In charity work, Maddie leads the way
By DEENA BESS SHERMAN email@example.com November 29, 2012 6:14PM
Deena Bess Sherman
Updated: January 1, 2013 6:11AM
I love meeting young people who were raised not only to practice compassion, but can pair it with the self-confidence and ambition necessary to make good things happen for those less fortunate. Madeline Bozik is a 13-year-old 8th grader at Herget Middle School in Aurora. This will be her fourth year collecting warm clothing for other area chidren.
In 2009 Maddie noticed there were a lot of food drives this time of year to make sure everyone had enough to eat. “I thought staying warm was just as important as having food,” said Maddie, “but I didn’t hear as much about that.” So Maddie went to her neighbors and friends and collected 200 pieces of winter clothing. She then took it to area schools like Schneider and Goodwin, plus the Warehouse Church in downtown Aurora.
She called her quest to see everyone bundled up for winter “Maddie’s Mitten March.” Last year she collected 300 items by going door to door plus having a collection box at Raimondo’s Pizza & Pub in North Aurora.
She has also partnered with Arch Printing in Aurora and Marberry Cleaners of North Aurora. “Some of the donated coats couldn’t be washed in the machine,” said her mother, Vickie. “Marberry Cleaners takes care of that part so all the coats are clean when people get them.”
On Sunday, Raimondo’s is sponsoring a fundraiser for Maddie’s Mitten March from 1-5 p.m. For a $15 donation you can enjoy a pizza and salad buffet with raffle prizes and some interesting entertainment.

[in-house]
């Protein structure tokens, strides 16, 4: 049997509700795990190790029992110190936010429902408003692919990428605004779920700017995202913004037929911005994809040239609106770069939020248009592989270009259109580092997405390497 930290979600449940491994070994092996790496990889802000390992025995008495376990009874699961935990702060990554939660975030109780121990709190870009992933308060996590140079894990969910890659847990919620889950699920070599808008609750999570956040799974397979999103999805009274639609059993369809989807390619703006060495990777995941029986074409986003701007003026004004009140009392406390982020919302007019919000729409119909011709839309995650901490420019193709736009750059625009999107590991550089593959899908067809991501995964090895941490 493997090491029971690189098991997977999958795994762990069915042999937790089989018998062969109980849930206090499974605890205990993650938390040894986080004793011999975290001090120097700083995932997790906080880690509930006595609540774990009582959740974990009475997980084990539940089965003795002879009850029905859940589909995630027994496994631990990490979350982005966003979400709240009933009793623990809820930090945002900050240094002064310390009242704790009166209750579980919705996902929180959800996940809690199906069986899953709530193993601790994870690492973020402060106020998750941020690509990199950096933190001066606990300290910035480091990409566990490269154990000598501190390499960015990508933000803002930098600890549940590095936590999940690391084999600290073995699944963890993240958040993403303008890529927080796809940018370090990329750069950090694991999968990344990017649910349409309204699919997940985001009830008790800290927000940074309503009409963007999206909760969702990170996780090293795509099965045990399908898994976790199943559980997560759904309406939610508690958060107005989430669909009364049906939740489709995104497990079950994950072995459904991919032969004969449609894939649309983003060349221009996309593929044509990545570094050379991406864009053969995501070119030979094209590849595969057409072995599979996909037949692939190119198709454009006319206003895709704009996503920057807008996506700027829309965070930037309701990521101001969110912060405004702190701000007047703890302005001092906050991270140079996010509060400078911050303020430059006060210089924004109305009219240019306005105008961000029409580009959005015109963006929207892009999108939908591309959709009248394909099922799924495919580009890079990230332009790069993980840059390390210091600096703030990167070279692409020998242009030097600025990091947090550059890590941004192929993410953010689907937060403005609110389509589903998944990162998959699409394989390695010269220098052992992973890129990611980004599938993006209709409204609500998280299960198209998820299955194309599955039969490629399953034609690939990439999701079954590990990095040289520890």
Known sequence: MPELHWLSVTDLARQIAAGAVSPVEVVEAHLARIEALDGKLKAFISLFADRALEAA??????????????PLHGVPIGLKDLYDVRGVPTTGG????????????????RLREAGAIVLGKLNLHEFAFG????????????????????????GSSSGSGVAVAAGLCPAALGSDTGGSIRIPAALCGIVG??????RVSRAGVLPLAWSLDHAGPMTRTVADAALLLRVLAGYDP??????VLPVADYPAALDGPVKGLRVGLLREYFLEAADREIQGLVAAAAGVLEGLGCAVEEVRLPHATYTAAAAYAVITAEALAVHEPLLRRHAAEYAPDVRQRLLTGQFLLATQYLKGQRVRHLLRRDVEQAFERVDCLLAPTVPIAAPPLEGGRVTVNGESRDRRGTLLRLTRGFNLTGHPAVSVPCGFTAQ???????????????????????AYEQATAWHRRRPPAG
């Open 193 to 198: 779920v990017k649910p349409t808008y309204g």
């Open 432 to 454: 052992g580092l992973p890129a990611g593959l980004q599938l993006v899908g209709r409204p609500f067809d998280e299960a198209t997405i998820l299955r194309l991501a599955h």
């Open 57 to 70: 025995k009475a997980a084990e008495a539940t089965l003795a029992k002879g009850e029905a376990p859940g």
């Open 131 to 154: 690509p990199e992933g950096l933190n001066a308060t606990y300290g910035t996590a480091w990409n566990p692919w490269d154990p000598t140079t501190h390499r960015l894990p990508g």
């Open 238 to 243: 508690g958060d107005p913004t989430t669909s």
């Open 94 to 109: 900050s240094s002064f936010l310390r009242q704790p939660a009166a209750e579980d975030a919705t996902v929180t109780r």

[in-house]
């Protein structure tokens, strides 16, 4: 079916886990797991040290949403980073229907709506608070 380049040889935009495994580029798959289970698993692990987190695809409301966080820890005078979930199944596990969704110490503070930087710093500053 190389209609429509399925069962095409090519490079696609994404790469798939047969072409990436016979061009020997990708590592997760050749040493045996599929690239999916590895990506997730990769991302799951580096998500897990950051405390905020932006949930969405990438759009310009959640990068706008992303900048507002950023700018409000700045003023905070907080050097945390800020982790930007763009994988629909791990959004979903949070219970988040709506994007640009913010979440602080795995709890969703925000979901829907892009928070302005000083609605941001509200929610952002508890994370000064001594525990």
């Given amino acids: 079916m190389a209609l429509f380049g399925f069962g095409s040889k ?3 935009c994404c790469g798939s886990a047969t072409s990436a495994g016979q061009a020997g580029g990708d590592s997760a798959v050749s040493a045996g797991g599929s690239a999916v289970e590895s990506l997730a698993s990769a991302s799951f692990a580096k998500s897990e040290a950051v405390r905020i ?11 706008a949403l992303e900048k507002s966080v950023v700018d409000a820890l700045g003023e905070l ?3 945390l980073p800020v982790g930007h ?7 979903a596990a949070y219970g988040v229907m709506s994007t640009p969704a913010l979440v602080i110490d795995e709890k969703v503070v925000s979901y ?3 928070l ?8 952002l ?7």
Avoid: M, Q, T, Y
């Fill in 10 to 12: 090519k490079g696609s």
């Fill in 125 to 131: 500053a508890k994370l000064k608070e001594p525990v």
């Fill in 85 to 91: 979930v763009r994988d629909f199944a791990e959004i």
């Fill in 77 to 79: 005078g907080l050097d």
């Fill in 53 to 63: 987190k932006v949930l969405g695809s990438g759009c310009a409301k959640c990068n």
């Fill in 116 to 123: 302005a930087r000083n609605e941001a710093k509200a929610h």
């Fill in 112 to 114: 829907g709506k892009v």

Jim Jackson, a family friend, called Maddie and volunteered to shave his head and beard to help raise money. For an extra $5 donation you can write on his newly bald head with a Sharpie! Maddie’s father, Mark, will also be shaving his mustache. All proceeds go directly to Maddie’s Mitten March.
Maddie’s mom and dad have been very supportive of their daughter’s efforts and even filed paperwork to make Maddie’s Mitten March an official 501(c)3 charity, so donations are tax deductible. They were just beaming with pride when we all sat down to talk about Maddie’s project. They told me about some of Maddie’s other activities, including Girl Scout Troop 4195, walking with Team 129 in the Susan G. Komen Walk for the Cure, and completely shaving her head last year to donate 17 inches of braided hair to Locks of Love.
Then I understood why her father and a family friend had volunteered to shave heads and facial hair to raise money! They were impressed with Maddie’s earlier head shaving to help young cancer patients. “It was drastic,” Vickie said as she pulled up a picture on her phone of Maddie with a cleanshaven head.
“Maddie is always asking the question: what else can we do?” Vickie added, then told me a story of how her daughter wanted to help a young neighbor whose 8-year-old sister went to Johns Hopkins for hip surgery last Christmas. Maddie wanted to make sure he wasn’t forgotten at this difficult time with part of his family gone. So for 30 days, every night she took a little gift over to his house, rang the doorbell, and ran. She is a generous and gentle soul.
I asked what items they are hoping to see donated and they told me any type of new or gently used outerwear — coats, hats, gloves, scarves.
They already have quite a few pairs of boots this year. Maddie also encouraged people to “like” her Maddie’s Mitten March Facebook page.
If you have questions about Maddie’s quest to keep everyone warm this winter, you can e-mail her at: firstname.lastname@example.org.
I hope you’ll stop by Raimondo’s (1033 Kilbery Lane) in North Aurora Sunday and meet this amazing young woman for yourself.